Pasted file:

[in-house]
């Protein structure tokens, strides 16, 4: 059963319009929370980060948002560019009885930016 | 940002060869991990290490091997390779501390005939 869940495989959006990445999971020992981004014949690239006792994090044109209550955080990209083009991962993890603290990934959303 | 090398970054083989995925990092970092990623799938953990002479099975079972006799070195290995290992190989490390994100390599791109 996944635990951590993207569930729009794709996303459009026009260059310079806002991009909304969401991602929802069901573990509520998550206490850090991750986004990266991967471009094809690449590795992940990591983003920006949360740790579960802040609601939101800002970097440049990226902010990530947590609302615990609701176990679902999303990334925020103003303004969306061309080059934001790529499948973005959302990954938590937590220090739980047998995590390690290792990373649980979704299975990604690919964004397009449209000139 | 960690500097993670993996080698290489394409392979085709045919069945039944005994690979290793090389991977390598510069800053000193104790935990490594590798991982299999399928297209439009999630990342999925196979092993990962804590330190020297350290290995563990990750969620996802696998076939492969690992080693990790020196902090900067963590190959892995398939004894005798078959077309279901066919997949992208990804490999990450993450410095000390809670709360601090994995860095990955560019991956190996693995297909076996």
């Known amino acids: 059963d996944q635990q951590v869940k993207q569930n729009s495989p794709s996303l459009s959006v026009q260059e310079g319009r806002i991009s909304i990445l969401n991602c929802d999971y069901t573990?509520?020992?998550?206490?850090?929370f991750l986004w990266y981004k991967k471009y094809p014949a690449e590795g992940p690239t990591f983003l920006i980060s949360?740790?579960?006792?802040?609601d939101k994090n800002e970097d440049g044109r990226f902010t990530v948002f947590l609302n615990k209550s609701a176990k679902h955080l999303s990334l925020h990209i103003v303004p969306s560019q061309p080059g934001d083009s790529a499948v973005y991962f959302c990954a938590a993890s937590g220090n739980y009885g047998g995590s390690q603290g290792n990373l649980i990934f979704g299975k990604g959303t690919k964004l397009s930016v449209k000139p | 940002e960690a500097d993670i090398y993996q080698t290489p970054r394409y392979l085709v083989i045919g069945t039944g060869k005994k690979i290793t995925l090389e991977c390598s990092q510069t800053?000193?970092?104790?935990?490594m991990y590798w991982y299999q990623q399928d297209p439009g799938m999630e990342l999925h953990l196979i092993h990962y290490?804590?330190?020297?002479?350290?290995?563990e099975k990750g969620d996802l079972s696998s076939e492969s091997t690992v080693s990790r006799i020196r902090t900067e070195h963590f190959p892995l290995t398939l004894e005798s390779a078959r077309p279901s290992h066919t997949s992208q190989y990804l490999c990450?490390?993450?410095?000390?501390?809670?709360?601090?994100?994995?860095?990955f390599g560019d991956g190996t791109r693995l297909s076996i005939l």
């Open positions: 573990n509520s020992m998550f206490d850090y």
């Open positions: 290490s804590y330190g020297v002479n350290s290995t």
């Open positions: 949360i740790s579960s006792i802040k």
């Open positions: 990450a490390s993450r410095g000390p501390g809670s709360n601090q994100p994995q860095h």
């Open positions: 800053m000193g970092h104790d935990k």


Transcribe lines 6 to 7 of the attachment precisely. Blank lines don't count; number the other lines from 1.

């Open positions: 949360i740790s579960s006792i802040k």
């Open positions: 990450a490390s993450r410095g000390p501390g809670s709360n601090q994100p994995q860095h």